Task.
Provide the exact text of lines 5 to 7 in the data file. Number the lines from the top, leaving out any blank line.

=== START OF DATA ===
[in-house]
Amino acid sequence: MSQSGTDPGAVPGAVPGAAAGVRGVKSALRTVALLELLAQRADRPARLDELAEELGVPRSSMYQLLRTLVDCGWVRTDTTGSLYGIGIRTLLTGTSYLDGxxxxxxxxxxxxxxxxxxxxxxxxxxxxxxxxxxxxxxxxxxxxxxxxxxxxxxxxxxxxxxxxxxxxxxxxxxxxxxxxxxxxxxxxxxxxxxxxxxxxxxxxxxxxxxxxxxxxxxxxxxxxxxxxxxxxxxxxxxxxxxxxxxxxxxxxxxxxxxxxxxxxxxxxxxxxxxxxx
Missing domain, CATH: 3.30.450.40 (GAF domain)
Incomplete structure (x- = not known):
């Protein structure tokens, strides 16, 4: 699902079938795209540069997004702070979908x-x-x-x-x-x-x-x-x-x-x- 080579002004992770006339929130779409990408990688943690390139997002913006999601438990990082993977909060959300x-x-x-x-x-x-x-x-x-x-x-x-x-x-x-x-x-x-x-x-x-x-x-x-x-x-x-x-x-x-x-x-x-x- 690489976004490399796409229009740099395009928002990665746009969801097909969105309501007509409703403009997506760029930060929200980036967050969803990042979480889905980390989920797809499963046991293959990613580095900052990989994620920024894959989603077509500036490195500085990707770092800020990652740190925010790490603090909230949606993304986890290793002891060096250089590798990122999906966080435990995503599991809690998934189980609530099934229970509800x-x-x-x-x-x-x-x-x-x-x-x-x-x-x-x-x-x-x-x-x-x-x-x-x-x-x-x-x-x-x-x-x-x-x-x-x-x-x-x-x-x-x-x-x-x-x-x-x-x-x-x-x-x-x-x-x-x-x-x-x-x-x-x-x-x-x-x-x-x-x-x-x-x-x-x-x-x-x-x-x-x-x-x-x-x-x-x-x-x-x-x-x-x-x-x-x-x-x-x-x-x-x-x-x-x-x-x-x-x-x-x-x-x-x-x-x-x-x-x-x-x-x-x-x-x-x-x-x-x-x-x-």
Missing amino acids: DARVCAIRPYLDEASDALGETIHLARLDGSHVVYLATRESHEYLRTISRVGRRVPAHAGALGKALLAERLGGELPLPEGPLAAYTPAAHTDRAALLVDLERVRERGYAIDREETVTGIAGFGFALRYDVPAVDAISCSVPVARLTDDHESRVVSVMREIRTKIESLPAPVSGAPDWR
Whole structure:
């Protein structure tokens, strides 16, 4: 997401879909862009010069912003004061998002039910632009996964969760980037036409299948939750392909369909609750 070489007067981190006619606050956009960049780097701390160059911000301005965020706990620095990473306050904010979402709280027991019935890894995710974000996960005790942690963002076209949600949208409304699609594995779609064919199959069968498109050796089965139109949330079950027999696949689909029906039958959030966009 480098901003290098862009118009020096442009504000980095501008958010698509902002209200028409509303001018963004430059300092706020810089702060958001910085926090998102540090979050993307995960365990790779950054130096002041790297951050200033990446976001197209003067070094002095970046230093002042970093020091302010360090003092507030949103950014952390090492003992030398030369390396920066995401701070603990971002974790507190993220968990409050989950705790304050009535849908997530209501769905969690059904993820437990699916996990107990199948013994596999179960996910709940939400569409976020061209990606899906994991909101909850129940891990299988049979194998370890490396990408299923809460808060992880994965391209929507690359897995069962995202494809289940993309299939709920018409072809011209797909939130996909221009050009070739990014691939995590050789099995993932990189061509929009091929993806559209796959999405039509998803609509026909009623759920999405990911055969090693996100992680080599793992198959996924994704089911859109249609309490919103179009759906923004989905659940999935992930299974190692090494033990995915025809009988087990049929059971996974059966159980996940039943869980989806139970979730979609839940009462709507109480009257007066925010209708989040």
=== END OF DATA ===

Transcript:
């Protein structure tokens, strides 16, 4: 699902079938795209540069997004702070979908x-x-x-x-x-x-x-x-x-x-x- 080579002004992770006339929130779409990408990688943690390139997002913006999601438990990082993977909060959300x-x-x-x-x-x-x-x-x-x-x-x-x-x-x-x-x-x-x-x-x-x-x-x-x-x-x-x-x-x-x-x-x-x- 690489976004490399796409229009740099395009928002990665746009969801097909969105309501007509409703403009997506760029930060929200980036967050969803990042979480889905980390989920797809499963046991293959990613580095900052990989994620920024894959989603077509500036490195500085990707770092800020990652740190925010790490603090909230949606993304986890290793002891060096250089590798990122999906966080435990995503599991809690998934189980609530099934229970509800x-x-x-x-x-x-x-x-x-x-x-x-x-x-x-x-x-x-x-x-x-x-x-x-x-x-x-x-x-x-x-x-x-x-x-x-x-x-x-x-x-x-x-x-x-x-x-x-x-x-x-x-x-x-x-x-x-x-x-x-x-x-x-x-x-x-x-x-x-x-x-x-x-x-x-x-x-x-x-x-x-x-x-x-x-x-x-x-x-x-x-x-x-x-x-x-x-x-x-x-x-x-x-x-x-x-x-x-x-x-x-x-x-x-x-x-x-x-x-x-x-x-x-x-x-x-x-x-x-x-x-x-």
Missing amino acids: DARVCAIRPYLDEASDALGETIHLARLDGSHVVYLATRESHEYLRTISRVGRRVPAHAGALGKALLAERLGGELPLPEGPLAAYTPAAHTDRAALLVDLERVRERGYAIDREETVTGIAGFGFALRYDVPAVDAISCSVPVARLTDDHESRVVSVMREIRTKIESLPAPVSGAPDWR
Whole structure: